The Campaign for Nuclear Disarmament will this Saturday stage a demonstration in Plymouth opposing plans which could see dozens of obsolete nuclear submarines cut-up and stored within the city. The demonstration, called by CND nationally and supported by Plymouth TUC and local campaigners will highlight the risks of sawing-up Britain’s toxic Cold War legacy of 27 nuclear submarines within a city of 250,000 people, only 400 metres from the nearest primary school.

The Devonport naval base, in inner-city Plymouth is seen as the frontrunner to undertake much of the Ministry of Defence’s ‘Submarine Dismantling Project’. The project is likely to involve slicing the 750 tonne reactor compartment – more than twice the height of a double-decker bus – from each of Britain’s existing 27 nuclear-powered subs and storing it for several decades until a long-term disposal site can be constructed. Serious safety concerns have been raised over the risks of contamination from the work were it to be carried out on a city-centre site which has already seen four radioactive leaks in the last 18 months.

Professor Dave Webb, Vice Chair of the Campaign for Nuclear Disarmament, who will address Saturday’s rally, said “We’ll be demonstrating alongside many in the local community to make it absolutely clear that a city-centre location is no place to cut-up and store nuclear submarines. The health risks posed by a project that could continue for 60 years or more are potentially enormous. This will be risky work never undertaken before in the UK, dismantling submarines which were built up to 50 years ago. There can be no guarantee that accidents will not occur. Decommissioning is always a big problem with any nuclear facility. The submarines certainly need to be dismantled – however this should not be in the middle of a city. Instead of blighting Plymouth with the reputation of being Britain’s only city-centre nuclear dump, the government should invest in a green regeneration strategy for the city, providing long-term sustainable jobs.”

He continued, “There are already 27 submarines included in this project, eight of them already rusting away whilst afloat at Devonport. The Government should not be adding to a problem it has no safe way to solve with further subs. Replacing Trident, at a cost of £76bn will do nothing to ensure Britain’s security – in fact it will put us all at greater risk by encouraging other countries to possess nuclear weapons. With the UK facing the deepest recession since the war, scrapping Trident would free up huge resources to protect more socially-useful investment. Spending only a tiny fraction of this on assisting rather than dashing Plymouth’s regeneration efforts could be transformative.”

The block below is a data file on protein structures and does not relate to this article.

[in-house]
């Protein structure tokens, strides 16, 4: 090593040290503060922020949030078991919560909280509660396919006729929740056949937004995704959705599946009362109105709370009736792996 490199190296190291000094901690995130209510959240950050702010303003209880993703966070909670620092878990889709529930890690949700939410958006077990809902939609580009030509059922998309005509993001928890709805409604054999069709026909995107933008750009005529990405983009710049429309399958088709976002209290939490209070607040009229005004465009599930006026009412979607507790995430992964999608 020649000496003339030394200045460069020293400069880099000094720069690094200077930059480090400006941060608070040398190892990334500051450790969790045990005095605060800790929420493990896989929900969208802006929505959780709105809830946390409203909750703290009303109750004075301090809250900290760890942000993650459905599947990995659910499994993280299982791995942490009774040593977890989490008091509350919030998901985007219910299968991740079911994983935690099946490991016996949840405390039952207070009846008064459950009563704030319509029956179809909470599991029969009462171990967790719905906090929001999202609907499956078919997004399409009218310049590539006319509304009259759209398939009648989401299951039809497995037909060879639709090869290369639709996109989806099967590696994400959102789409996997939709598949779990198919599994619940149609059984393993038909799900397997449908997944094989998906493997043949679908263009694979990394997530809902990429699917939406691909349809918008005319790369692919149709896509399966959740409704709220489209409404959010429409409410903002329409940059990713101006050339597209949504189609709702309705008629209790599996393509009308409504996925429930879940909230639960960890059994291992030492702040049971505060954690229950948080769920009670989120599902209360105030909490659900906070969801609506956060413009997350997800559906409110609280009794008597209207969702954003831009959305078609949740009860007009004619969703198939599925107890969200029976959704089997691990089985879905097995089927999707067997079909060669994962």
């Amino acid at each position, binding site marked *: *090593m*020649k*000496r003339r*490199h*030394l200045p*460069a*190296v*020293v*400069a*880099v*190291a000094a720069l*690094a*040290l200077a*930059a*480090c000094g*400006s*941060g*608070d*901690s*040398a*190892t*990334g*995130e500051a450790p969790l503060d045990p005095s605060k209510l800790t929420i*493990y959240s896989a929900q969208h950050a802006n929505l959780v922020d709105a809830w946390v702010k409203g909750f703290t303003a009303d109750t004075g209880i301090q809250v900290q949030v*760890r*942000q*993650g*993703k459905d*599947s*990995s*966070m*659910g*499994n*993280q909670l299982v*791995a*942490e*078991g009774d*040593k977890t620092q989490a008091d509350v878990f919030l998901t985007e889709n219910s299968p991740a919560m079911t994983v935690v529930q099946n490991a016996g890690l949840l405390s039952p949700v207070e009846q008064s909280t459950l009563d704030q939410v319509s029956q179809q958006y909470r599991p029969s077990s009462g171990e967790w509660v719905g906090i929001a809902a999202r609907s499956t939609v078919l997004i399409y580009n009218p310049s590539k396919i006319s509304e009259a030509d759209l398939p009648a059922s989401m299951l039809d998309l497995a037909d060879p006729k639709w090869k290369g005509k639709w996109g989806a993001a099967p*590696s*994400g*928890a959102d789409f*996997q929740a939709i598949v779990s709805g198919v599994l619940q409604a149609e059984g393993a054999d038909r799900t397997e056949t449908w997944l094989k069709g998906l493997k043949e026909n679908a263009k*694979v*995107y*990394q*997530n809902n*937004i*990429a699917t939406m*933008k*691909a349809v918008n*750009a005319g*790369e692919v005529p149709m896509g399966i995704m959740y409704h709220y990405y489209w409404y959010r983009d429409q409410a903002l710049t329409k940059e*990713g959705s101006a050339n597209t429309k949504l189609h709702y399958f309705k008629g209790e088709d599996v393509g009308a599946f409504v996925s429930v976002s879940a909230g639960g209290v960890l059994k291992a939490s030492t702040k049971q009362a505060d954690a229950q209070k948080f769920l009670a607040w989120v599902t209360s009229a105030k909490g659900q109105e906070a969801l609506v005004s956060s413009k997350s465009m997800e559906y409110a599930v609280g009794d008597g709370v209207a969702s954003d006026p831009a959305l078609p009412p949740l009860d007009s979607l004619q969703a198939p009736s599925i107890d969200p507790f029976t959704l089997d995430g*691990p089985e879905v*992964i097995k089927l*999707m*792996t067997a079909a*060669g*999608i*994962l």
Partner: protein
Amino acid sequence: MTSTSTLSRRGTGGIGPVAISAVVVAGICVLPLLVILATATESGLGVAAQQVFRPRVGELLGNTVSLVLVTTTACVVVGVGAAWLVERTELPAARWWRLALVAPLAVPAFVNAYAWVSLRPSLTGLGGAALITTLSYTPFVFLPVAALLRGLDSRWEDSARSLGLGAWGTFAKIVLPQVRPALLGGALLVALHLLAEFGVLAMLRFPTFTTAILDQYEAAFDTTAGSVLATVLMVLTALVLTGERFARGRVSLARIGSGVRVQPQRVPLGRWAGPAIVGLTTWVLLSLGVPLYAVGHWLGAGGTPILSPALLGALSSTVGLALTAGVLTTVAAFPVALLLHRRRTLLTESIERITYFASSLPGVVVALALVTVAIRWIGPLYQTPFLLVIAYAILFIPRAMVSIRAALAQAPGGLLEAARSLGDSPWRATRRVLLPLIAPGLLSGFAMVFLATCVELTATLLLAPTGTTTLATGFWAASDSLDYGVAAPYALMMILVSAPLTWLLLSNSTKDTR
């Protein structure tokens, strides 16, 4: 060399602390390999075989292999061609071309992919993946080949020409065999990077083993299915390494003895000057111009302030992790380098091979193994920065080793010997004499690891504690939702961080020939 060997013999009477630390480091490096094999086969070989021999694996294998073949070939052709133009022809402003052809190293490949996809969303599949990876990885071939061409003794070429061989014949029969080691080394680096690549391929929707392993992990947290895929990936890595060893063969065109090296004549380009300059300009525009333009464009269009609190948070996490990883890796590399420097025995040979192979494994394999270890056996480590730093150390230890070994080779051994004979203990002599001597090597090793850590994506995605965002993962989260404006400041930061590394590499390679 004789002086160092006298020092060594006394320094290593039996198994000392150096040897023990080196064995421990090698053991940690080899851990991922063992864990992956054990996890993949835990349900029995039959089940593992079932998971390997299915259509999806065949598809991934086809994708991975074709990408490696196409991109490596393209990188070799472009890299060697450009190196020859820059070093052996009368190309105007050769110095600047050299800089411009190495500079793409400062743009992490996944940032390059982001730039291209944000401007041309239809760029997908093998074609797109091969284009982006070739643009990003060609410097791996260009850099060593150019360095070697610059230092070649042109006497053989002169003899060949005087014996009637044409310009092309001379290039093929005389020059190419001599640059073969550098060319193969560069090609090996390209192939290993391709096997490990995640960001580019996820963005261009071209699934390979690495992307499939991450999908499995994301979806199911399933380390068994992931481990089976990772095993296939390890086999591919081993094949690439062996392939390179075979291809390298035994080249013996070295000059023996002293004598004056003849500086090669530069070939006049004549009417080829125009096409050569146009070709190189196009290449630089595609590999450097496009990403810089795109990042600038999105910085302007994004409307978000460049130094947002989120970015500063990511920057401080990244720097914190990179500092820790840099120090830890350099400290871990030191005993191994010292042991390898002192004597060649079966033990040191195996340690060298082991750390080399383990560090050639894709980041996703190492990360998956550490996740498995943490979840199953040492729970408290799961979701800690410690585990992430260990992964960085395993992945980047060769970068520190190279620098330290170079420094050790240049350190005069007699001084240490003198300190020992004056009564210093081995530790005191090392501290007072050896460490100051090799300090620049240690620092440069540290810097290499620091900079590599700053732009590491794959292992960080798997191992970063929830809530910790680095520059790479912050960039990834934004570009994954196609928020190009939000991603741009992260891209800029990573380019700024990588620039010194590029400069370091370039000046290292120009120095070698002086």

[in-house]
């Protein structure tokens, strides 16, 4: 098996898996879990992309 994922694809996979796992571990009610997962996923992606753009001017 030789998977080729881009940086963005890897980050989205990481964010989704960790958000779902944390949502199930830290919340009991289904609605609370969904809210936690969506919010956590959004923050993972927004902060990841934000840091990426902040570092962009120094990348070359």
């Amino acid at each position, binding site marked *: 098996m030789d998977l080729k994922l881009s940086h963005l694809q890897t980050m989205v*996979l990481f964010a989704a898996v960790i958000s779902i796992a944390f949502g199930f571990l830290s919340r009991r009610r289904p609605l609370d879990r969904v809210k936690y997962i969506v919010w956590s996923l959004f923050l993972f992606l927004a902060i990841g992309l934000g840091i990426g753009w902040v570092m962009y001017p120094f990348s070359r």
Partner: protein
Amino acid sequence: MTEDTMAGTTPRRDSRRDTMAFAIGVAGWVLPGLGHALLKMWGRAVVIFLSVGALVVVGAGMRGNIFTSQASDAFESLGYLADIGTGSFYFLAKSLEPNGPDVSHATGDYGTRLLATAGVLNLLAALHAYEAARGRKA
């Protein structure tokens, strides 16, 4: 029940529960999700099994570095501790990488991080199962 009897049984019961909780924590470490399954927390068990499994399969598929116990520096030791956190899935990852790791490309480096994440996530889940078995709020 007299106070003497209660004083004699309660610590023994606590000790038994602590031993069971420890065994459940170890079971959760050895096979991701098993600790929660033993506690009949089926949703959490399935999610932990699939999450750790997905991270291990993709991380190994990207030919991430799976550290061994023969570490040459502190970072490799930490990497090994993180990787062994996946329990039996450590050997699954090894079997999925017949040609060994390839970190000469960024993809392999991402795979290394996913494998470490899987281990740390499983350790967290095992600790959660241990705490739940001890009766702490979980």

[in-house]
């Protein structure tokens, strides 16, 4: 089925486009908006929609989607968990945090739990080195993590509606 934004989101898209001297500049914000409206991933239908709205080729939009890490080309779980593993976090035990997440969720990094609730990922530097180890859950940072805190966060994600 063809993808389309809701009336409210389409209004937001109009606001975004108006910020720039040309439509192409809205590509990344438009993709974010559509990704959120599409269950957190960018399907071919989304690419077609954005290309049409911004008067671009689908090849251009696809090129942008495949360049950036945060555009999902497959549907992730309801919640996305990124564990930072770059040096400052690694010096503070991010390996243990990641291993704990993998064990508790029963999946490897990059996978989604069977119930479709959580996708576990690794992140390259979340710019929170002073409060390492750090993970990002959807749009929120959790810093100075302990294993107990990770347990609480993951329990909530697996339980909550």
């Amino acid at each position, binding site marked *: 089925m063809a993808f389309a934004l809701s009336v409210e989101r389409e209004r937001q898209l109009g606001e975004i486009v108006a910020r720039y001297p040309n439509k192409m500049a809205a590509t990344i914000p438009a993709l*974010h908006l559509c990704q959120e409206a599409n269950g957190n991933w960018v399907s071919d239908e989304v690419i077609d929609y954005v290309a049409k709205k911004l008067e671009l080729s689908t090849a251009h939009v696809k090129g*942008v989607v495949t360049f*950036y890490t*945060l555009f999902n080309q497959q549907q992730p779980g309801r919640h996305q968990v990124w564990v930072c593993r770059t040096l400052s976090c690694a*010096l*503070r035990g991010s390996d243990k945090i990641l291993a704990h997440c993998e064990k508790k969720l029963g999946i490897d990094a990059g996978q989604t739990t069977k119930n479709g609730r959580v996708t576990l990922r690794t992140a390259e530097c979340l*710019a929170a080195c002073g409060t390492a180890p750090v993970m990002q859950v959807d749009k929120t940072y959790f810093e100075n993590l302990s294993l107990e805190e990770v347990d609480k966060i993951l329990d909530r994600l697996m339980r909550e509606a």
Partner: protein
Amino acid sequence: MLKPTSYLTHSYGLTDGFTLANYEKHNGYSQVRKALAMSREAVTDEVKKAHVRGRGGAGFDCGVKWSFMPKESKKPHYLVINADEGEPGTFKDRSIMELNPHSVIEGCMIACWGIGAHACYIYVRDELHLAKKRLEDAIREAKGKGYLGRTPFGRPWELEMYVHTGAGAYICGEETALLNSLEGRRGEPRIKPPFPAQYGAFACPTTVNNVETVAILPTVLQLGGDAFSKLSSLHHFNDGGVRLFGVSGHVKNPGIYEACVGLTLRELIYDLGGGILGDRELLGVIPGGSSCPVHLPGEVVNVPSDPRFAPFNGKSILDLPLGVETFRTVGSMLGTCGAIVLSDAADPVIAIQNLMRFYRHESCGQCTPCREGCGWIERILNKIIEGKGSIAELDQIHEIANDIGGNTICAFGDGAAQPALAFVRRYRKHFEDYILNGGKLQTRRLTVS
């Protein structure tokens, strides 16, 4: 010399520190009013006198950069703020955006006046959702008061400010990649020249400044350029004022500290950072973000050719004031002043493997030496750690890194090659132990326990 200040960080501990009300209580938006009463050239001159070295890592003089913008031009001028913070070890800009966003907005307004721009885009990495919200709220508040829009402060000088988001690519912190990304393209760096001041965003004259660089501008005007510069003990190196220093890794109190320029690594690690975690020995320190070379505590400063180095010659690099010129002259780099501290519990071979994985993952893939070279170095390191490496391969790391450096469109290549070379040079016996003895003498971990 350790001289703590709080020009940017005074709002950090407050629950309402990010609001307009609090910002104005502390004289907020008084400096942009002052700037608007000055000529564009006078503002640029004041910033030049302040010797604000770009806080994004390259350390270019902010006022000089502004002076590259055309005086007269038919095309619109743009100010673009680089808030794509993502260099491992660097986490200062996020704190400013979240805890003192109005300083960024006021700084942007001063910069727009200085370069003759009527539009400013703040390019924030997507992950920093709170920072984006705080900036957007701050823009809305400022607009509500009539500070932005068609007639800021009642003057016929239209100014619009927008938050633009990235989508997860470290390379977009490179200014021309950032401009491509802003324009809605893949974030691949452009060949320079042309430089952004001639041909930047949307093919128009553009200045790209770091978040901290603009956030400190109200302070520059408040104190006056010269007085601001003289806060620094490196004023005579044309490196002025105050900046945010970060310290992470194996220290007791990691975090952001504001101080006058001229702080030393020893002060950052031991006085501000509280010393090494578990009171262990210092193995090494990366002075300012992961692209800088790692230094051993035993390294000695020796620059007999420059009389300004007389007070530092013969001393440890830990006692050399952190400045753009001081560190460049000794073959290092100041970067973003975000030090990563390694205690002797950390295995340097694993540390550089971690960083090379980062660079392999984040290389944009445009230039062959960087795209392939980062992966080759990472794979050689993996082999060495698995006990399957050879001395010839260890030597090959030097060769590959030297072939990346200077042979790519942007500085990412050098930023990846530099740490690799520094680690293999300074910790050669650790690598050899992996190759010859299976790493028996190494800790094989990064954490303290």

Campaigners will be using the slogan ‘Stop the nuclear dump – for a healthy green city’ to highlight the choice facing Plymouth. A contingent of workers from the Vestas wind-turbine factory on the Isle of Wight will join the front of the demonstration to highlight the potential for skilled dockyard engineers to form the nucleus of a green energy industry in the city.

The economic impact of Plymouth being seen as Britain’s only city-centre nuclear dump could be profound, driving away tourists and business investment. In a statement to the local press last weekend Plymouth City Council leader Vivien Pengelly strongly criticised the MoD plan, saying “it would be totally counter to Plymouth’s Growth Strategy and would adversely impact upon on the economic regeneration of the City.”

Date: Saturday 31st October
Assemble: 12 noon, Plymouth City Centre, Guildhall, Armada Way.
Intermediate stop: 2pm, Devonport Park.
Rally: 3pm, Devonport nuclear dockyard main entrance, Camel’s Gate

The demonstration is called by the Campaign for Nuclear Disarmament and supported by Plymouth Trade Union Council, Plymouth Unison, Plymouth Stop the War Coalition and the Plymouth Nuclear-Free Coalition.

For a comprehensive briefing on Devonport’s nuclear role and the issue of redundant nuclear submarines see CND’s latest report “Devonport: No to Trident, No to a nuclear dump”

For further information and interviews please contact  Ben Soffa, CND’s Press Officer, on 0207 7002350 or 07968 420859

The Campaign for Nuclear Disarmament (CND) is one of Europe’s biggest single-issue peace campaigns, with over 35,000 members in the UK. CND campaigns for the abolition of all nuclear weapons everywhere.

Quote from Plymouth City Council leader Vivien Pengelly, Western Morning News, October 24, 2009.

The MoD project is intended to deal with almost 4,500 tonnes of radioactive waste, as according to a Parliamentary answer, each submarine contains approximately 83 tonnes of intermediate-level waste and 81 tonnes of low-level waste when it is retired,